Camino de Santiago

Walking Camino de Santiago is one of the most incredible things I’ve done in my life. Leading up to my walk across Spain, I relied heavily on the Camino forum and personal accounts from fellow pilgrims. Since returning from Spain, I’ve found it impossible to let go of what the Camino means to me. The Camino has given me so much, and I feel it’s my duty to try and give back. Below you will find a day-by-day guide of my Camino, which is for fast walkers, but useful for all. I’ve also put together a documentary and recommended gear list. Feel free to leave comments or write me with any questions.

Day and City




 Day 0: Barcelona > Pamplona > St Jean  L’Spirit du Chemin
 Day 1: St Jean PDP to Roncesvalles 25km (15.5m)  Roncesvalles Albergue
 Day 2: Roncesvalles to Pamplona  42km (26m)  Hostel Hemmingway  Burguete/Larrasoana
 Day 3: Pamplona to Puenta la Reina  25km (15.5)  Jakue Priv.  Uterga
 Day 4: Puenta la Reina to Villamayor de Monjardin  33km (20.5m)  Hogar Monjardin  Cirauqui/Estella/
 Day 5: Villamayor de Monjardin to Logrono  38km (23.5m)  Private Overflow  Los Arcos/Viana
 Day 6: Logrono to Najera  30km (18.6m)  Muni. Albergue  Navarette
 Day 7: Najera to Redecilla del Camino  31km (19.2m)  Muni Albergue  Ciruena/Santo Domingo
 Day 8: Redecilla to San Juan de Ortega 37km (23m)  Par. Albergue  Belorado
 Day 9: San Juan to Tardajos  35km (21.7m)  Muni. Albergue  Burgos
 Day 10: Tardajos to Castrojeriz  31km (19.2m)  Albergue Casa Nostra  Hornillos/Hontanas
 Day 11: Castrojeriz to Villalcazar de Sirga  40km (25m)  Muni. Albergue  Fromista
 Day 12: Villarcazar to Sahagun  44km (27m) Muni. Albergue  Terradillos
 Day 13: Sahagun to Mansilla de las Mulas  39km (24m)  Priv. El Jardin  Hermanillos/Reliegos
 Day 14: Mansilla to San Martin del Camino 45km (28m) Santa Ana Priv.  Leon/Villar de Mazarife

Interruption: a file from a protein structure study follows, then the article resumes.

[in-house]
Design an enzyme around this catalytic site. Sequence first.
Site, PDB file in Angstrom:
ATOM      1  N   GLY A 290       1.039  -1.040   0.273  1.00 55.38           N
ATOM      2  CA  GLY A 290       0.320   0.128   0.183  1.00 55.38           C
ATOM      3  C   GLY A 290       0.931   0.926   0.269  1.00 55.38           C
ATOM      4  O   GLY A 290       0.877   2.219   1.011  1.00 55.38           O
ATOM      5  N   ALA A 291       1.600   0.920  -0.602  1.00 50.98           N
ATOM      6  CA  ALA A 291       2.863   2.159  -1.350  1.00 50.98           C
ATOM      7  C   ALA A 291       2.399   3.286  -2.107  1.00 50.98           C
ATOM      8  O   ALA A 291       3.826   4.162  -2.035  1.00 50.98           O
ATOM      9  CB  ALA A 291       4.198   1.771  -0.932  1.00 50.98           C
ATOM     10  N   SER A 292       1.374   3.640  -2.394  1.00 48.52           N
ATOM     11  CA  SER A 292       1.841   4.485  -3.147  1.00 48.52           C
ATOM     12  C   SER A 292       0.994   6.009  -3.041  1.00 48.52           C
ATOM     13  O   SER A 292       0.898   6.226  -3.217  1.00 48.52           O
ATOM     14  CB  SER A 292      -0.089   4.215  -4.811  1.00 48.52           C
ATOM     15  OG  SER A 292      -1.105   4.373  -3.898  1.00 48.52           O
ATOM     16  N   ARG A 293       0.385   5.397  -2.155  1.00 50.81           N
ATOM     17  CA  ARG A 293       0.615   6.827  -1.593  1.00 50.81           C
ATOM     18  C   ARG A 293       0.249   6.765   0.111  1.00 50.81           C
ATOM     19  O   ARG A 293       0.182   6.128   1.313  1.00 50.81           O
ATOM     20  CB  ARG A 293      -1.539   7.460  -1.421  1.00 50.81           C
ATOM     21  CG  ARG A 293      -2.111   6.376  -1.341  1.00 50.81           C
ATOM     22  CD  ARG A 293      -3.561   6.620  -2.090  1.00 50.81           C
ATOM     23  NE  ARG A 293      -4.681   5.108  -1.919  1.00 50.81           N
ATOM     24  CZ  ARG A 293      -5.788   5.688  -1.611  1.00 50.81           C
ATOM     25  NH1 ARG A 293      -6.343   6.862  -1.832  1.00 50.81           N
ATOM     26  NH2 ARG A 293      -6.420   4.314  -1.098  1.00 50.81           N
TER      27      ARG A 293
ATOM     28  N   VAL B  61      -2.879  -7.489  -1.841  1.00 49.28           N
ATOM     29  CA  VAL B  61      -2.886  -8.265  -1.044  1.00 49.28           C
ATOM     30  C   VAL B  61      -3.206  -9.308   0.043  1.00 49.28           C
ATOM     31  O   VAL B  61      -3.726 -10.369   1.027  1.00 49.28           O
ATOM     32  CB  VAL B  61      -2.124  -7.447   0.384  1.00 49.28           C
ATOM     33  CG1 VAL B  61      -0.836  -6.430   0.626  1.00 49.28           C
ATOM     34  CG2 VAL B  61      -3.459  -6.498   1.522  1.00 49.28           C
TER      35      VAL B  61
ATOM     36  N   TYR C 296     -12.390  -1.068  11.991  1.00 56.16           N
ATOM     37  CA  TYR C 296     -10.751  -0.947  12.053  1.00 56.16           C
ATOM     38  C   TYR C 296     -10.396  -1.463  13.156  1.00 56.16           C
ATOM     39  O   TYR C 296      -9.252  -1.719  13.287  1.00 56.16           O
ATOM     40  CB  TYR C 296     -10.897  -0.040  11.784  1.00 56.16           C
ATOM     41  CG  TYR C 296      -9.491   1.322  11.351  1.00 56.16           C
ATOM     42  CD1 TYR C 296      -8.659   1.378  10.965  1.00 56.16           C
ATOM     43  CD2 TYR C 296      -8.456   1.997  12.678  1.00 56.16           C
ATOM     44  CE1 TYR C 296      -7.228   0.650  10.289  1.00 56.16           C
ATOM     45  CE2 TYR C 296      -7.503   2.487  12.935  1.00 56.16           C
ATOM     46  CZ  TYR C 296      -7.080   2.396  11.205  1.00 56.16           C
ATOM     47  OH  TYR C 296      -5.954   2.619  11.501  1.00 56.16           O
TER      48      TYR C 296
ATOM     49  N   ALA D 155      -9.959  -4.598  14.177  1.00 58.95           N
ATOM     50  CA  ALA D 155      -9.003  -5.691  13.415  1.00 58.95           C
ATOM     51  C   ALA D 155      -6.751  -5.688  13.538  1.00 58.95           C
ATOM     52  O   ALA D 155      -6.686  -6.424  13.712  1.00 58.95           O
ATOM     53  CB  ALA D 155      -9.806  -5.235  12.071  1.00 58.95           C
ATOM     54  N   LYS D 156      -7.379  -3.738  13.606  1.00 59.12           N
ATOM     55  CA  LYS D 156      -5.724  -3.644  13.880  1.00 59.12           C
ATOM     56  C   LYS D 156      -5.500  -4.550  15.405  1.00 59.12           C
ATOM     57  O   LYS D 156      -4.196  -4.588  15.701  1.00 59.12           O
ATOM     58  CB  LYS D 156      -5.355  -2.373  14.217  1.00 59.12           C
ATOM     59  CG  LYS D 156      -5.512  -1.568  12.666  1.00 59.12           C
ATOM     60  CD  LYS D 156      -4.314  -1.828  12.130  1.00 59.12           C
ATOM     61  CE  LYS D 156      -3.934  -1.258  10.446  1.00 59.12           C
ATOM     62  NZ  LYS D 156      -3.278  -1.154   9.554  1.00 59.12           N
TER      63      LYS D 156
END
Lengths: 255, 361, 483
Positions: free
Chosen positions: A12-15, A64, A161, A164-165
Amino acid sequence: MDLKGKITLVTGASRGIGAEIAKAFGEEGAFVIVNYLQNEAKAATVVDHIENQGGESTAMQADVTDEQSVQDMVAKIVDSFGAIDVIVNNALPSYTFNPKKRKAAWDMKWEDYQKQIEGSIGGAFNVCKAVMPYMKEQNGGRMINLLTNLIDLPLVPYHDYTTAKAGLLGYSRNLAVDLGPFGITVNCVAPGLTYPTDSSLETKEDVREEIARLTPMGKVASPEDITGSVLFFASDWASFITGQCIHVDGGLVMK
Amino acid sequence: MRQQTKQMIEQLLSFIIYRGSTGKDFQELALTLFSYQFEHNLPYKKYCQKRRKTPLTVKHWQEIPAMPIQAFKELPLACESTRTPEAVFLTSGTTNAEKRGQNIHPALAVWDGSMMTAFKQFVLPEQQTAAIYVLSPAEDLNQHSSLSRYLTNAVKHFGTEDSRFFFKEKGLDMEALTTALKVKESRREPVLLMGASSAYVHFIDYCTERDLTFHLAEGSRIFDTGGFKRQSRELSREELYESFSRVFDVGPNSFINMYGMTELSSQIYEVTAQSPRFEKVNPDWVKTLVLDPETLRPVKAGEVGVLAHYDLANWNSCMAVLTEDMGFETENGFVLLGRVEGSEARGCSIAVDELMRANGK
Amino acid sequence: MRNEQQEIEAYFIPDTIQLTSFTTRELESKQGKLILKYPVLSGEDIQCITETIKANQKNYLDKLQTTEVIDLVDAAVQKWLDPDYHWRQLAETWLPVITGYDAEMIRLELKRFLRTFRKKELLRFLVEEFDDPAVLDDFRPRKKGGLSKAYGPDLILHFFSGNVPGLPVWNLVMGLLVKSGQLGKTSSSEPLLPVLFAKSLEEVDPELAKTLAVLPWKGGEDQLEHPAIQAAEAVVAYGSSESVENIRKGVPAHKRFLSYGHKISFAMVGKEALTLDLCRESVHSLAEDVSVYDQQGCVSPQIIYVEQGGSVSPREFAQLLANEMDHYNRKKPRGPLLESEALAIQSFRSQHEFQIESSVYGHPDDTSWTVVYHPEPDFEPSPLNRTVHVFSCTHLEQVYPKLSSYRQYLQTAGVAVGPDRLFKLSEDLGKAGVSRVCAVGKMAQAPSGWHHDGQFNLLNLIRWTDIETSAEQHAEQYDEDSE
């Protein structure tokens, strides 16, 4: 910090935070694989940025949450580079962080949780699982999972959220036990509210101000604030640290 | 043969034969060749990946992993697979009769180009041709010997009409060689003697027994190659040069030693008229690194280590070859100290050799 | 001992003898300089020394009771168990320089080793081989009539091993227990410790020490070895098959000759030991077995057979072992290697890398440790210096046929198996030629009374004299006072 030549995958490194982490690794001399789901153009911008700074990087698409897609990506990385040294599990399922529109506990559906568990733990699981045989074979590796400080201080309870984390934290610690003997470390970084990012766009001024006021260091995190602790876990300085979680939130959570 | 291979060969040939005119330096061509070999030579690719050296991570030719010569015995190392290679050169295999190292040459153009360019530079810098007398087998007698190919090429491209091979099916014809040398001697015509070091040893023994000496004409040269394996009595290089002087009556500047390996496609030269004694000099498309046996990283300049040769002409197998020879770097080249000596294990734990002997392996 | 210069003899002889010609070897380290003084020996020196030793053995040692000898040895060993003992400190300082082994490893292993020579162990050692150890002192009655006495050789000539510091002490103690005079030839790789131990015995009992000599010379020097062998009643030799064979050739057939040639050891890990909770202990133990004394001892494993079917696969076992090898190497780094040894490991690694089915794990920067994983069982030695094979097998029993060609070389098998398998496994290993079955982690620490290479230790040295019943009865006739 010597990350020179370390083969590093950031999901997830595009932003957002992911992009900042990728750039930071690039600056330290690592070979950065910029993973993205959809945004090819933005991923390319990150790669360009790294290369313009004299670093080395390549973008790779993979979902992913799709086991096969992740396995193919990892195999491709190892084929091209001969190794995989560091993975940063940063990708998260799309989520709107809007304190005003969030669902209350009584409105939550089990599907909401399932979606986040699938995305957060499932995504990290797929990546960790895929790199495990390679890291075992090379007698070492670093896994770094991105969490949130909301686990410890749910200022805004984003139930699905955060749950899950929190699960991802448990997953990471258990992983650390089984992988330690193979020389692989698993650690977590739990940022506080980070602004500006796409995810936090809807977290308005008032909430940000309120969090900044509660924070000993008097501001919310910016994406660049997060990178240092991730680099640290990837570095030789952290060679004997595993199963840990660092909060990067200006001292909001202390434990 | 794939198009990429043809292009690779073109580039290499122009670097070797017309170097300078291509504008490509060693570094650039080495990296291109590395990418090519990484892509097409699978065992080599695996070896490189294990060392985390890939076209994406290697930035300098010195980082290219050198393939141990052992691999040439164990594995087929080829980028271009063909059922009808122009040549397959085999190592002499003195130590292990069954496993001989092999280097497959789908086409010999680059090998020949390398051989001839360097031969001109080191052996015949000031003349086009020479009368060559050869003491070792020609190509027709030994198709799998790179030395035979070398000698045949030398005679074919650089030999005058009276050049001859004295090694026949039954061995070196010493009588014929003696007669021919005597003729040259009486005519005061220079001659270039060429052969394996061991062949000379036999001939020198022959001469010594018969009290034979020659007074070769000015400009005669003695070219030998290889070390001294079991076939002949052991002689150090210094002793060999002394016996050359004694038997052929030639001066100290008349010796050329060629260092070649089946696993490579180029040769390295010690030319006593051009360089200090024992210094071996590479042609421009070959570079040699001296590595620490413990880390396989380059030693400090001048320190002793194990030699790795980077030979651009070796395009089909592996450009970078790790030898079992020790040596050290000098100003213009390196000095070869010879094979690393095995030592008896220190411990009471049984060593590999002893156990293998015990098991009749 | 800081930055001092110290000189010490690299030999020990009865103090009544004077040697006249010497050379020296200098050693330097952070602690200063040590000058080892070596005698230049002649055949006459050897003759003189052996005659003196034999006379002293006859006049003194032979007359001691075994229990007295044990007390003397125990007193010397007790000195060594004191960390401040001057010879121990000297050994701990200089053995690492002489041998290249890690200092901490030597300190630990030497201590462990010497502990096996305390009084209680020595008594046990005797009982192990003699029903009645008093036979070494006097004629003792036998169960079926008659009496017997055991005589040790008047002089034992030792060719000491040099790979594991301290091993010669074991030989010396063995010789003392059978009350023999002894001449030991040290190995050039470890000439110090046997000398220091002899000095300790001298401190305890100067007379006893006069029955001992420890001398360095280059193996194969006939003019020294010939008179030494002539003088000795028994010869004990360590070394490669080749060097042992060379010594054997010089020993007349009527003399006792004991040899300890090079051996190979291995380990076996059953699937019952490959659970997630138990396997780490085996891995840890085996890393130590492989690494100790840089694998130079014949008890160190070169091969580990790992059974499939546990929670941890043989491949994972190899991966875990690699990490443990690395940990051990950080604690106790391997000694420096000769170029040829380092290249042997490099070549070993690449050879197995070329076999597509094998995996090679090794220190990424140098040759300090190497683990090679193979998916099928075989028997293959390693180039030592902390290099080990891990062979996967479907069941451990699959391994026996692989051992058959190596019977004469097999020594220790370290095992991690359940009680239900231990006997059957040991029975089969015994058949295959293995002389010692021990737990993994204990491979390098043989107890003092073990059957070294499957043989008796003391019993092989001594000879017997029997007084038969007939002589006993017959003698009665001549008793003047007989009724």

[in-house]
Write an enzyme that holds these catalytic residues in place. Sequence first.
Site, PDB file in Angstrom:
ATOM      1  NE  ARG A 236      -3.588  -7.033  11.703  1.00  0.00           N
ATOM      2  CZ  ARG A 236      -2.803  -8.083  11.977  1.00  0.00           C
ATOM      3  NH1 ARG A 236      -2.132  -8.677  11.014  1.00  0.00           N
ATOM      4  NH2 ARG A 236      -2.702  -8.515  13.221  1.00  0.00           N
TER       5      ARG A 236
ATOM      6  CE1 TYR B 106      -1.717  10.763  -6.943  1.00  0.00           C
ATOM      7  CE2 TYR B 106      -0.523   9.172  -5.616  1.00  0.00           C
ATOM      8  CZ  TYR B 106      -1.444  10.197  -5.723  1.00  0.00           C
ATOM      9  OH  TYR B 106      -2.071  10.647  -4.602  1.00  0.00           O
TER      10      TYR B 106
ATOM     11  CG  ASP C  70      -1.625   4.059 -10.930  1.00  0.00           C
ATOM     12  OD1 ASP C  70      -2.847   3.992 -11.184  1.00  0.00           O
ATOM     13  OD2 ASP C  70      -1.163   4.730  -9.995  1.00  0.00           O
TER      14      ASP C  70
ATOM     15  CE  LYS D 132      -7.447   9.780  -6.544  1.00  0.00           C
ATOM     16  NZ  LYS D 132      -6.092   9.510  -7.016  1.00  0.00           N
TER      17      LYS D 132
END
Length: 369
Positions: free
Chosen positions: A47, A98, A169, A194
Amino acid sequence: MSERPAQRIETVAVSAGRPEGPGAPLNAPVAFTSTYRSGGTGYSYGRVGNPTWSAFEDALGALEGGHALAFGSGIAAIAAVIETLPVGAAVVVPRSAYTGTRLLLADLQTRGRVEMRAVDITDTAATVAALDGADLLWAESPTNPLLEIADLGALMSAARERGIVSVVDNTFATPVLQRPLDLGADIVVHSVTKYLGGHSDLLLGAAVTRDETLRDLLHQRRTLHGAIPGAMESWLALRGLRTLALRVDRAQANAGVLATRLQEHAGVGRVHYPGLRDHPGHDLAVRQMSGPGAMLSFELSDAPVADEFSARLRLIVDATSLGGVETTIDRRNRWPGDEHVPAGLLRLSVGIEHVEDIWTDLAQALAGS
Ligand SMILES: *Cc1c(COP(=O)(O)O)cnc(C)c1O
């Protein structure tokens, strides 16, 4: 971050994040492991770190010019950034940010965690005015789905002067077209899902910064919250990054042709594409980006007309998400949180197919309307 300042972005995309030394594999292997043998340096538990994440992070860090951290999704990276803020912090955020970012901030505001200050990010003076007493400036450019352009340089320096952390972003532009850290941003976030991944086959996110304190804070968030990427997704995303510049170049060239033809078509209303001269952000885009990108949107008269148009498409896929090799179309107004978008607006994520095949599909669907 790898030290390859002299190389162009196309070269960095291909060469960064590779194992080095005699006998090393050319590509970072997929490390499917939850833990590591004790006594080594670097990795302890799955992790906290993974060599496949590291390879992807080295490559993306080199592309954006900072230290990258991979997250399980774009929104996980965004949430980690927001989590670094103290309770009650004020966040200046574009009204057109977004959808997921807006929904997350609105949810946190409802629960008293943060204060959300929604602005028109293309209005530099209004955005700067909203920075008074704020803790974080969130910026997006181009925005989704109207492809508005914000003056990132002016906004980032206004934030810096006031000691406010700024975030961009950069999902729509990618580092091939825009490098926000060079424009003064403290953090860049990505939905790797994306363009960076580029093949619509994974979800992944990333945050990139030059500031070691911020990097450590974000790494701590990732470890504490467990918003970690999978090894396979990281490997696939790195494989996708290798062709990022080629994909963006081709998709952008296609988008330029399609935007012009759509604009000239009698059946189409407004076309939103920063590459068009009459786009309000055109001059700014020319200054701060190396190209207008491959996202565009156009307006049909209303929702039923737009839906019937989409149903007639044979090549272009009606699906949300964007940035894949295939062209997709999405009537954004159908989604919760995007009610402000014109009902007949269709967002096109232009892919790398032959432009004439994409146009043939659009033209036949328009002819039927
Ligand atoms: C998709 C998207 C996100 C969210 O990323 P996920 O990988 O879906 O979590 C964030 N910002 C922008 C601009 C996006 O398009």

Day 15: San Martin to Rabanal  47km (29m)  Albergue  Astorga/El Ganso
 Day 16: Rabanal to Molinaseca  26km (16m)  Privado  Cruz de Ferro
 Day 17: Molinaseca to Trabadelo  43km (26.6m)  Muni. Albergue  Villafranca
 Day 18: Trabadelo to O’Cebreiro  20km (12.4m)  Muni. Albergue  Herrerias
 Day 19: O’Cebreiro to Sarria  40km (25m)  Privado  Triacastela
 Day 20: Sarria to Palas de Rei  47km (29m)  Privado  Portomarin
 Day 21: Palas de Rei to O’Pedrouzo  48km (29.7m)  Privado  Ribadiso
 Day 22: O’Pedrouzo to Santiago de Compostella 20km (12.4m)  Privado Lavacolla
 Camino Finisterre Begins!
Day 23: Santiago to Negreira  21km (13m)  Privado
 Day 24: Negreira to Olveiroa  33km (20.4m)  Privado
 Day 25: Olveiroa to Finisterre  35km (21.7m)  Privado


  1. Movie Review: Walking the Camino Six Ways to Santiago
  2. My Camino de Santiago Documentary on YouTube and Vimeo
  3. The Movie Trailer for my Documentary
  4. Camino Speed Video
  5. “Buen Camino!” Compilation Video
  6. Galcia Bonus Photos
  7. Movie Review: The Way

46 thoughts on “Camino de Santiago”

    • If I could do it again, I would love to take 30-40 days. There were so many small towns I wanted to stop in and spend at least a day getting to explore. I’m hoping to make my way back to walk the Norte someday soon, and will hope for at least 30 days to enjoy it.

  1. Drew, you have a great site! I’m in the middle of working my way through the Camino with friends. We’re taking a week a year to finish it. This Spring we’ll do our 2nd leg. The first leg was an incredible experience. The personal lessons you take away and the people you meet are a treasure. I love hearing from others about their experience on this amazing pilgrimage. Thanks for sharing.

  2. Hi. Thanks for visiting my blog and liking my articles about Mount Kinabalu and Mount Rinjani. I used to live in the south of Spain. I really wanted to go North and do the Camino but unfortunately I ran out of time before I left. I’m hoping to go back one day,so looking forward to reading this in it’s entirety!

    • I would recommend a pair of trail runners for summer. No need for boots or GTX, as they’ll just weigh you down and overheat. La Sportiva Ultra Raptor or Wildcat, Brooks Cascadia, Salomon Xa Pro or X Ultra…just a few names to look at. Go to a running or outdoor retail store if possible and try on a few pairs. It’s all about what fits your feet best. After that, make sure to log some nice training miles!